The first drink I ever had was a rum and coke. The drink was horribly sweet and strong. Once the booze hit me I was hooked. I was fifteen. I knew that alcoholism ran in my family. My great grandfather was a “dreamer and big drinker” according to my Mother. She’s heard stories about him and how he could never keep a job because he was always drunk. I knew the gene ran in my family, but I convinced myself that it wouldn’t affect me. “I could control it”. “I knew when to stop.” “I never got really drunk.” These were the lies I masterfully told myself everyday for the next forty plus years.
If I had a quarter for every hangover I’ve woken up with….I could buy several round trip tickets to Europe, or several new wardrobes. What I’m trying to say is that I had wicked hangovers, but I could still function . The term for it is “a high functioning alcoholic”. What that means is that I hid my drinking very well and acted like it never affected my work or my life. The other key to understanding the illness of alcoholism is that your work and life are dictated by when you can start drinking. If I wasn’t drunk and slobbering I was hung over and slobbering.
All of this “self medicating” came to an abrupt end one morning six years ago. I woke up with a wave of nausea and a pounding head. I went into the bathroom, looked in the mirror and what looked back at me was a fifty-something floated drunk who needed help. My eyes were red and swollen.. My face was red and splotchy. My hands were shaking. I was a mess. I’d hit bottom and I knew it.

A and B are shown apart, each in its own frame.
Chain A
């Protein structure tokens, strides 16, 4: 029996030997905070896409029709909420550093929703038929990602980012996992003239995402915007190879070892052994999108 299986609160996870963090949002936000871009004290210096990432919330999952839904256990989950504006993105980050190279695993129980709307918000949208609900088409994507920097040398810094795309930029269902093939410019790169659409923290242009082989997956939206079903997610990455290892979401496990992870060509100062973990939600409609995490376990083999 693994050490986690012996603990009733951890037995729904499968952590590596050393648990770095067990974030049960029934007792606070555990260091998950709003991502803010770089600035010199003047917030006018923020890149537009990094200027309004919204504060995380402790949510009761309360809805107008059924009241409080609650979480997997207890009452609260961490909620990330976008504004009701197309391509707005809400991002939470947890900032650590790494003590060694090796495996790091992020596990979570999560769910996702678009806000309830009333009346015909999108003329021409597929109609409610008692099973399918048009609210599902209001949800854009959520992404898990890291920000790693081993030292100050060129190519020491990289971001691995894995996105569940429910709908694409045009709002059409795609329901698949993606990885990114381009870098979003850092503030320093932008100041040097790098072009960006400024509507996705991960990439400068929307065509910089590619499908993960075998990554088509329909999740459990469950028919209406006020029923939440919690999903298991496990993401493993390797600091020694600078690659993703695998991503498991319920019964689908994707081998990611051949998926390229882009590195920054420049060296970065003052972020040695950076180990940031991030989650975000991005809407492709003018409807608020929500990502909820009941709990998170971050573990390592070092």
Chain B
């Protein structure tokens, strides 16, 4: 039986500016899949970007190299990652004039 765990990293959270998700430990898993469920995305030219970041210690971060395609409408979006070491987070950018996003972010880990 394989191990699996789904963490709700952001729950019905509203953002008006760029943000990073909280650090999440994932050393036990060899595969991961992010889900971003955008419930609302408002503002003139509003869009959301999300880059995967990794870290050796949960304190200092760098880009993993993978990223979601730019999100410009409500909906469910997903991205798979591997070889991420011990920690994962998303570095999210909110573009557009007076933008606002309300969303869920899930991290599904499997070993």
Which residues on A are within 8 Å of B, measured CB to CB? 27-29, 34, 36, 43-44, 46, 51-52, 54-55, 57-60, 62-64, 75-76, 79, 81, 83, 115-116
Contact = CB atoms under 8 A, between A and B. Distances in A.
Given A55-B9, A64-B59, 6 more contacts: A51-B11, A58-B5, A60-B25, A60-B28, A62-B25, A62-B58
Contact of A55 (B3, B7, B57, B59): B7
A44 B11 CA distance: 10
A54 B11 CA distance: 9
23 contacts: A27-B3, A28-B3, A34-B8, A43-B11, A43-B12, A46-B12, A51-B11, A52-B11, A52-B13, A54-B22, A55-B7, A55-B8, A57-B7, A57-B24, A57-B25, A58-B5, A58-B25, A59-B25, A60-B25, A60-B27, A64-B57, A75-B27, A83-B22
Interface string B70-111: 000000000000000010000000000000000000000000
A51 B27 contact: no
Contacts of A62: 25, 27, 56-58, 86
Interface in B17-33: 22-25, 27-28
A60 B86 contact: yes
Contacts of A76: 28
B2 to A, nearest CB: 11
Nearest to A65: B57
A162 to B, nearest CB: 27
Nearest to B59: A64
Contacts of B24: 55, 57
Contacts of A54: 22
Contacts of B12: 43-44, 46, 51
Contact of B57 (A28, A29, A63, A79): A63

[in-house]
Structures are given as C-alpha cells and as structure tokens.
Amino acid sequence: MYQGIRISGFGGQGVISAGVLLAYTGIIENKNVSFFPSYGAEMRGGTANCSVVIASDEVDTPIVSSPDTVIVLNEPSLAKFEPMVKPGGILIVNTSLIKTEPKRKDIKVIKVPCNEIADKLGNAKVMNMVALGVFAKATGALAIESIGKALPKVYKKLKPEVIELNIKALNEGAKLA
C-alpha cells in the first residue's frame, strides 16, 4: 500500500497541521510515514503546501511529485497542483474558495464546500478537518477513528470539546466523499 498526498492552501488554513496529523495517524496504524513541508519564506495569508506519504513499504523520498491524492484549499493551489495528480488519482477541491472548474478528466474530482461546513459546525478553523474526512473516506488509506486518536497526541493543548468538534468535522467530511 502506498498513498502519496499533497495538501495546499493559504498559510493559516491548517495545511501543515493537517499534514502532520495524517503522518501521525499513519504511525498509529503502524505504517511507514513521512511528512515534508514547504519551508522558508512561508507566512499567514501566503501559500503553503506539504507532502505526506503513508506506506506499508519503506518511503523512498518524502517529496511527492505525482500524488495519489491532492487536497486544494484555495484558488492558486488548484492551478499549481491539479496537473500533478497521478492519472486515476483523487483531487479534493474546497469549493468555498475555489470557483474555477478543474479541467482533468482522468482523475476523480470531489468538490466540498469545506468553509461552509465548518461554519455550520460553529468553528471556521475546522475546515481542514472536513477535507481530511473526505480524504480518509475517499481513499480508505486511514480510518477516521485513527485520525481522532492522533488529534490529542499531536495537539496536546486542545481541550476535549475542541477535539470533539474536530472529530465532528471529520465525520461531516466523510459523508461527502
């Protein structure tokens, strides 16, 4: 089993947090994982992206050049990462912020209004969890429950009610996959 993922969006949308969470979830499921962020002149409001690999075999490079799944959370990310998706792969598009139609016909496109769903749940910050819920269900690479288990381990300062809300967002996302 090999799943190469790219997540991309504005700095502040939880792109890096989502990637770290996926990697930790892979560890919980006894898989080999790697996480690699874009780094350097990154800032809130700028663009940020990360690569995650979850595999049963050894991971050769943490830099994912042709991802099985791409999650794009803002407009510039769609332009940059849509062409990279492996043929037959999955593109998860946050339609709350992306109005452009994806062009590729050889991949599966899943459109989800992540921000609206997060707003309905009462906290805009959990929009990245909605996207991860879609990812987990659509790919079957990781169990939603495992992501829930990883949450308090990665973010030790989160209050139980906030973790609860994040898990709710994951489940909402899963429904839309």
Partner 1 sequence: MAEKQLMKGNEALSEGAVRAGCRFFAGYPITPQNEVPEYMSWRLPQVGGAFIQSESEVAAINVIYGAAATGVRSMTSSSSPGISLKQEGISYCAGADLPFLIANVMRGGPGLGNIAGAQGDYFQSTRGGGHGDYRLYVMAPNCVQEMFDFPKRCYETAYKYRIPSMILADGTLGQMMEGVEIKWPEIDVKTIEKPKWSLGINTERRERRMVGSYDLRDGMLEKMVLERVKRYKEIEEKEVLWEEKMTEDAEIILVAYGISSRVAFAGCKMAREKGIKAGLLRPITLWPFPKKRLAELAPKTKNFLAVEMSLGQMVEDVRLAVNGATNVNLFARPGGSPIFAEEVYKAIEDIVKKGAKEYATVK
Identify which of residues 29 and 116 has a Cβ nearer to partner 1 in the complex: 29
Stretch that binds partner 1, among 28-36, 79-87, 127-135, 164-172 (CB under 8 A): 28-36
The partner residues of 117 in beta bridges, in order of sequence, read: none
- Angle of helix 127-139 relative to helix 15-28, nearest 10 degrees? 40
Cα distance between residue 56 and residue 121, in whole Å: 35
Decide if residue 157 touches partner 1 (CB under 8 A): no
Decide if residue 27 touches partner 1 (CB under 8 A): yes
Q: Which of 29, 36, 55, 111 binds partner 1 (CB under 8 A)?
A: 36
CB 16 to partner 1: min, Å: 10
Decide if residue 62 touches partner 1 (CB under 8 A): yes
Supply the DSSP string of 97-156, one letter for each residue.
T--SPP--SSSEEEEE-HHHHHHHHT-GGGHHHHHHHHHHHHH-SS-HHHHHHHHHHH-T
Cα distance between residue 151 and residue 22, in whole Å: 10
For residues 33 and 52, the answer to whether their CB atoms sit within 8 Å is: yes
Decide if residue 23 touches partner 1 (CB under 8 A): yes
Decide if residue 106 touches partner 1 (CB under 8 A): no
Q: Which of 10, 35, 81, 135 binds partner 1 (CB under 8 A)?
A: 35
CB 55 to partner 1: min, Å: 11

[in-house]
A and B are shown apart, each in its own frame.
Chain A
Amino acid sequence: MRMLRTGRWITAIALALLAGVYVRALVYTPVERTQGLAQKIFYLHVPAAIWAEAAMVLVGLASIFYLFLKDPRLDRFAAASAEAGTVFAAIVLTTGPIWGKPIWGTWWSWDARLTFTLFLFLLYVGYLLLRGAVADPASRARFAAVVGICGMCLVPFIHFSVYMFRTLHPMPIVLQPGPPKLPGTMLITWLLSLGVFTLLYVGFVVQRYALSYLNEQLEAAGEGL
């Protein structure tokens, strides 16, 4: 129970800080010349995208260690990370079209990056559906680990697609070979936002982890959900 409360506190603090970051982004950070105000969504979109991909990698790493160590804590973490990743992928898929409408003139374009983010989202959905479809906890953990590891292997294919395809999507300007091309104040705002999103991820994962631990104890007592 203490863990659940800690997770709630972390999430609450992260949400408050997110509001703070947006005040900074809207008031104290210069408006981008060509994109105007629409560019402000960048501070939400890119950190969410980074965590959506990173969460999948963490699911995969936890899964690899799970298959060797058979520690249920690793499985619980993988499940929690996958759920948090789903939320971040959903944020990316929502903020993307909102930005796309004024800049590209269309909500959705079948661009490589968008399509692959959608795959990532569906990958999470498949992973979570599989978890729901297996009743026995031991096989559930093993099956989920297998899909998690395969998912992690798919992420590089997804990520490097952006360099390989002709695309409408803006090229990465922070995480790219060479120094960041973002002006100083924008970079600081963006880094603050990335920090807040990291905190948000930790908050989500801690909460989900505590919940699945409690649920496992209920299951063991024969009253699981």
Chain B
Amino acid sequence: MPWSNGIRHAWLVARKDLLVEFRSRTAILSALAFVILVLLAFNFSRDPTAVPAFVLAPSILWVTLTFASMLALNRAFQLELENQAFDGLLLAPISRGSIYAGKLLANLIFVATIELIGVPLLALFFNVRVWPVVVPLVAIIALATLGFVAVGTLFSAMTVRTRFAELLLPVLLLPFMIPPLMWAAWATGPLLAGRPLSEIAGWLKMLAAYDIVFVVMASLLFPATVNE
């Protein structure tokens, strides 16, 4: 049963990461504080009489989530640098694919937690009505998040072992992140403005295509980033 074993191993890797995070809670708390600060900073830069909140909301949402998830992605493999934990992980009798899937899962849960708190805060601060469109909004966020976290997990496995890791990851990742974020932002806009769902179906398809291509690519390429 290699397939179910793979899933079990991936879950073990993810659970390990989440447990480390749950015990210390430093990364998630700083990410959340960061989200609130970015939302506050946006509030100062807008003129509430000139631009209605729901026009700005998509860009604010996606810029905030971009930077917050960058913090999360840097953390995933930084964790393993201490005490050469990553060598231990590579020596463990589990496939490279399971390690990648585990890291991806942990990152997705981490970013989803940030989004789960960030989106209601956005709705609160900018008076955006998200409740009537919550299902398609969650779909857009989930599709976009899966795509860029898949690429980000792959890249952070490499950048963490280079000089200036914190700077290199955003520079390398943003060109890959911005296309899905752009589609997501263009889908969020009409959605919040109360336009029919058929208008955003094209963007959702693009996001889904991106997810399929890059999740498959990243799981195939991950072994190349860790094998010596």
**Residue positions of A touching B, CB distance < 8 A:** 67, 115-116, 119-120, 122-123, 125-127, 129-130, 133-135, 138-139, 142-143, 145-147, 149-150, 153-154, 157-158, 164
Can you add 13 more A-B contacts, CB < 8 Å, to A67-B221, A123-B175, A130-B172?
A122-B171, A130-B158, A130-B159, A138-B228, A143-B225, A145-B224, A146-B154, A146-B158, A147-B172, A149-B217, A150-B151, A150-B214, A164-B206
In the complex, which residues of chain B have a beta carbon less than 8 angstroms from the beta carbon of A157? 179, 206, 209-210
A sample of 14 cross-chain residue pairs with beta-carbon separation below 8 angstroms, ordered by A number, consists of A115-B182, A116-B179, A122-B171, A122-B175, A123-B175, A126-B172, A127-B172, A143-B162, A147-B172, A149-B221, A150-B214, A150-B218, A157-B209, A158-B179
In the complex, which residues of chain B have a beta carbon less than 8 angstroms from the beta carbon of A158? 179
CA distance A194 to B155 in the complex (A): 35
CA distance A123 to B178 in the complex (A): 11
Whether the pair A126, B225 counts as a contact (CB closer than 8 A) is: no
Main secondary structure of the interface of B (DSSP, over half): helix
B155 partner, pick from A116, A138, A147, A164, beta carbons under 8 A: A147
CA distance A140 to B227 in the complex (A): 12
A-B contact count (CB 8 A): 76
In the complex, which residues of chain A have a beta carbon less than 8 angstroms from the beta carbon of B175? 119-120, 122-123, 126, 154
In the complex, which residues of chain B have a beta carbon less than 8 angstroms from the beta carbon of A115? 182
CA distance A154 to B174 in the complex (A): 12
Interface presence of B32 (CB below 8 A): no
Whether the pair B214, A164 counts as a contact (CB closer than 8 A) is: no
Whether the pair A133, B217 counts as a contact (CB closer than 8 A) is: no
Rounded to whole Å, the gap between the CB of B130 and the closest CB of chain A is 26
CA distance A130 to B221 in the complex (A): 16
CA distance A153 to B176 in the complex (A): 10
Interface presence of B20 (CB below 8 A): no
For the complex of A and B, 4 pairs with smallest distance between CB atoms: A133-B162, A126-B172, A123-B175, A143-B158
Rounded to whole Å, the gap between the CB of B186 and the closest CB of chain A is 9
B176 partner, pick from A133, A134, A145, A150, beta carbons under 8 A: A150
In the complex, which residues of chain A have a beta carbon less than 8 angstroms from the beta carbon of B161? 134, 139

I made a promise to myself that morning that I would quit drinking. I knew it wouldn’t be easy and it wasn’t. I’d been drinking at least four martinis every night for years. I literally dived into a bottle of vodka every weekend and drank my way to the bottom of my glass for the olives. I drank to numb my feelings. I drank so I didn’t have a face my fears. I drank because I didn’t have to think or feel or do anything but drink.
I wish I could tell you there was a magic secret to my sobriety. There isn’t. I didn’t go to AA. I didn’t go to rehab. I faced my demons in my own way and with the help and support of my husband and family. I’ll you all this because I want you to know that there’s hope. Alcoholism is an illness. It’s a disease that can be treated. If you think you’re a problem drinker you probably are. If drinking is affecting your family, your job, you relationships, you can take action for get help. It’s never too late…. I’m living proof!
Filed under: Uncategorized